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Attention Officiants: 4 things you might forget the day of the wedding (and what to do about it)

Published Tuesday, Sep. 8th, 2020


Wedding officiants: You'll probably forget these four things at least once, but don't worry! We've all been there.

 

Follow these simple tips to keep small mishaps from turning into wedding day disasters.

 

 

 

You love making a couple’s wedding day special, seeing friends get together to celebrate, and watching couples laugh, kiss, dance, and cheer their way into a new life. Heck, you even love the long hours of behind-the-scenes work it takes to make sure the day looks effortless!

 

You love everything about it... that’s why you were asked to officiate!

 

Read: ...So What Does an Officiant Really Do?

 

But even an organized and conscientious officiant will sometimes forget a detail or two. This is especially true for first time officiants, or when officiating a friend’s wedding with an informal vibe. (Don't worry, we've all been there!)

 

Here are four things you’ll forget at least once and how to recover gracefully. 

 

 

 

1. You’ll forget about construction and traffic

 

Suburbs, cities, rural towns, and everywhere in between… No matter where you are, the risk of literal roadblocks materializing out of nowhere is real. If you find yourself weaving through a maze of orange traffic cones or trapped behind slow moving wildlife on your way to a venue, don’t panic.

 

Channel your inner cab driver (or ask GPS) and find another route to your destination. If you’re really cutting it close, call or text to let the nearlyweds know your new arrival time.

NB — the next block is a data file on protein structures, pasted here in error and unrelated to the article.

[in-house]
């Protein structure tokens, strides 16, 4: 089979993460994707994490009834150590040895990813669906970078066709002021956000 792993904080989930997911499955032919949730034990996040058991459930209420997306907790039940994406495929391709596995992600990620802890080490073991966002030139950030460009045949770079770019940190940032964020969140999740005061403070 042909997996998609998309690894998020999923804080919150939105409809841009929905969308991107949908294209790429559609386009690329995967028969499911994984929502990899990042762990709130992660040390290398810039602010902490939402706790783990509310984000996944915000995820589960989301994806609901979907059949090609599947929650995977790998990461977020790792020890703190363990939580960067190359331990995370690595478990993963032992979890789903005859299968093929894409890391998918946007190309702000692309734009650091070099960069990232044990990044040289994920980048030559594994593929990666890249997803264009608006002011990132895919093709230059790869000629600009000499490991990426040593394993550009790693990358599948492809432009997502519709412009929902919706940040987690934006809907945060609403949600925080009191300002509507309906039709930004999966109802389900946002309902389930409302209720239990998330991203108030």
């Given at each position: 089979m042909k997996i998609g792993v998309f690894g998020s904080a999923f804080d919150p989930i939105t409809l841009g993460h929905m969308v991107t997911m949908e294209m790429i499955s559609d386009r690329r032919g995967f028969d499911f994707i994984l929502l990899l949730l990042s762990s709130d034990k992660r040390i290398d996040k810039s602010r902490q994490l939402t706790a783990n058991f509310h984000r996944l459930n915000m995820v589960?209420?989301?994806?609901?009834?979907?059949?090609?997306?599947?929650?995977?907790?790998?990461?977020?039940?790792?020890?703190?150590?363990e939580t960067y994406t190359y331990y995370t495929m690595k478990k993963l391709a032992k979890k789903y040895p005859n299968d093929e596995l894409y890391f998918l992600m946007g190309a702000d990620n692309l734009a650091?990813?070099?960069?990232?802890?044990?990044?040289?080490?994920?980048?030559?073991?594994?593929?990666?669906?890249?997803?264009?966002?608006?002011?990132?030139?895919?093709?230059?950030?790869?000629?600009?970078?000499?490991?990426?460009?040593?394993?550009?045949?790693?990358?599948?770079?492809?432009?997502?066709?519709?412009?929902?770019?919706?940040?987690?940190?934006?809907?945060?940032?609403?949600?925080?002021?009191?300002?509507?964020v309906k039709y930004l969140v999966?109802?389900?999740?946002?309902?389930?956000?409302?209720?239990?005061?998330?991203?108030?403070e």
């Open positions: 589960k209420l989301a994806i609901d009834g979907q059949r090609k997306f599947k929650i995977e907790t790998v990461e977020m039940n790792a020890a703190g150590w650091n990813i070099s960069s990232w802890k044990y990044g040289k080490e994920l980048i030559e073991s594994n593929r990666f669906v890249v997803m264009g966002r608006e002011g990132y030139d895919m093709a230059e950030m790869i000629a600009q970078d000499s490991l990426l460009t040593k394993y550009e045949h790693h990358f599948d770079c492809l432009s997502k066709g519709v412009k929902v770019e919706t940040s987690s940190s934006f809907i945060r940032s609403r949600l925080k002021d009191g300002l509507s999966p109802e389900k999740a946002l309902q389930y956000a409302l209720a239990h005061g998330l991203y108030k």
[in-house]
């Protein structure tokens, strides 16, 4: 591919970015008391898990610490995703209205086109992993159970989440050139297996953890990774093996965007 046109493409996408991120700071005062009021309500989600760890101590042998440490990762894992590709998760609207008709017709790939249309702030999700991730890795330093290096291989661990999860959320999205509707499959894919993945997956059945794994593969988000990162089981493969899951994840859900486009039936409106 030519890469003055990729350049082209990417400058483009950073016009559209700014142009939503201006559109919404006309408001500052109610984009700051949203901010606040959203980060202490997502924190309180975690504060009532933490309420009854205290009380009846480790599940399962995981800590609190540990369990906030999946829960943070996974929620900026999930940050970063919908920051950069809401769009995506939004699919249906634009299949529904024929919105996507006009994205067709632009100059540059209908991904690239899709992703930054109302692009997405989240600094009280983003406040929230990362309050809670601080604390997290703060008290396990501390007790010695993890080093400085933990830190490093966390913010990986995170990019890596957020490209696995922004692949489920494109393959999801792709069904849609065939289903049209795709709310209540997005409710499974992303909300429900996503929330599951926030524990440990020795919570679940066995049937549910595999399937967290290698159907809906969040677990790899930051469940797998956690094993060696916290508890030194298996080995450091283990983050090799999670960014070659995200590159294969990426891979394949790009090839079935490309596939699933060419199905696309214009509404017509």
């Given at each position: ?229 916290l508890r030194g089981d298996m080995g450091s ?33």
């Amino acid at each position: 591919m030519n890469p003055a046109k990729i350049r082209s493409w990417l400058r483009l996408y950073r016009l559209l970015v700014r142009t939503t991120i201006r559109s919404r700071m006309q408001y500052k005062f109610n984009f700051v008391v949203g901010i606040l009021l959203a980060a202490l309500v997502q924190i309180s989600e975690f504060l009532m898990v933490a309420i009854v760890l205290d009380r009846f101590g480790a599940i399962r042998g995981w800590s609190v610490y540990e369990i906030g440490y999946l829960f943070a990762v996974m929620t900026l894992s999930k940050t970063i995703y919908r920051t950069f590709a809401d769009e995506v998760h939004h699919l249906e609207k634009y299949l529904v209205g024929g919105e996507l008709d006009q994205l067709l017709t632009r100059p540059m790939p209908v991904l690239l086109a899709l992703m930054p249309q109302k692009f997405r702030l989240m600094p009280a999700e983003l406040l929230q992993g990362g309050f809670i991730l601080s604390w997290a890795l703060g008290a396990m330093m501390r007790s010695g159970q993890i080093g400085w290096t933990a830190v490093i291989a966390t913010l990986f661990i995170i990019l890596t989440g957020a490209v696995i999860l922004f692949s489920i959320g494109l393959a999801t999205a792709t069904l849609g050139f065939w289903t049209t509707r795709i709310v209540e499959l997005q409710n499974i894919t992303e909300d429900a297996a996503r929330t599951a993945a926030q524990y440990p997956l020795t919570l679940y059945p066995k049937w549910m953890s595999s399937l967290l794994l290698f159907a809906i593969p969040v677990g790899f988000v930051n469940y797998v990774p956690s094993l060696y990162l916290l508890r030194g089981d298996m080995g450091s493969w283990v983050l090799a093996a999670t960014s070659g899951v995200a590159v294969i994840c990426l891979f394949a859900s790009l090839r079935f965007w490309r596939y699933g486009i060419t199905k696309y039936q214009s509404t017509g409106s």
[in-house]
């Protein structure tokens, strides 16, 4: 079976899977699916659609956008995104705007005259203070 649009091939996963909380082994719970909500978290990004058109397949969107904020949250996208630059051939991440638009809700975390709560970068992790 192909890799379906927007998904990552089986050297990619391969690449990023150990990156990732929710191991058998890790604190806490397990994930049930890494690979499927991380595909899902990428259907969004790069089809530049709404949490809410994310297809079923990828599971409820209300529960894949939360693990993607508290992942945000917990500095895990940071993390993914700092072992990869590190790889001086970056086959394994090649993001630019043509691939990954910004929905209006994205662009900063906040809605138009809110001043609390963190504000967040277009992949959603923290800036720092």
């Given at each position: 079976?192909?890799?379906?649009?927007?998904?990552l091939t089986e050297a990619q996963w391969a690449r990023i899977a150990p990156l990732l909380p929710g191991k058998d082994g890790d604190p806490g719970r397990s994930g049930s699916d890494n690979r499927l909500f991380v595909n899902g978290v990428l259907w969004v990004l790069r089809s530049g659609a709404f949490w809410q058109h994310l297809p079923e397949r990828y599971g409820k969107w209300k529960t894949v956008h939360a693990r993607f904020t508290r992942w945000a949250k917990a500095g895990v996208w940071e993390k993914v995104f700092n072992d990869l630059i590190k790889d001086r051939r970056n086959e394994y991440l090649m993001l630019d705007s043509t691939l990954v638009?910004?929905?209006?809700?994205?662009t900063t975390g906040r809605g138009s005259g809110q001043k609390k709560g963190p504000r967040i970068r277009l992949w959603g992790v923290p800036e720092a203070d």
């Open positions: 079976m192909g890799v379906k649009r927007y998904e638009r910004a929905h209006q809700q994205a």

Glare at your fellow drivers if you must, but stay calm. You’ll get there eventually, and everyone will recover more easily if you’re still in good spirits when you do.

 

To prevent this, plan alternate routes ahead of time, check traffic and construction updates the day of the wedding, bring a spare tire, and leave early to arrive at the venue an hour (or more) in advance.

 

 

2. You’ll forget it rains

 

This is especially common as seasons start to change. After weeks of sunshine and cloudless skies, a sudden downpour seems downright rude, catching many a guest (and officiant) off guard.

 

Act fast when fooled by temperamental weather. Moments matter! Protect important paperwork from damage -- keep ceremony notes and marriage licenses dry. Help move any rental equipment and food under nearby coverings before turning your focus to soggy clothing, then regroup and reassess.

 

Above all else, stay in good spirits! A spring shower doesn’t have to ruin the day, and in some cultures a little rain on the wedding day is even considered good luck. 

 

It’s a great idea to pack an umbrella in your wedding emergency kit, along with a rain jacket, a protective folio for your wedding script, and a change of clothes, shoes, and socks. Check the weather forecast the night before and the morning of the wedding to play it safe.

 

 

Close up photo of a wedding officiant leading a bride and groom during an outdoor wedding ceremony, the bride wears a white lace dress and the groom is dressed in a dark gray suit, the photo shows only their torsos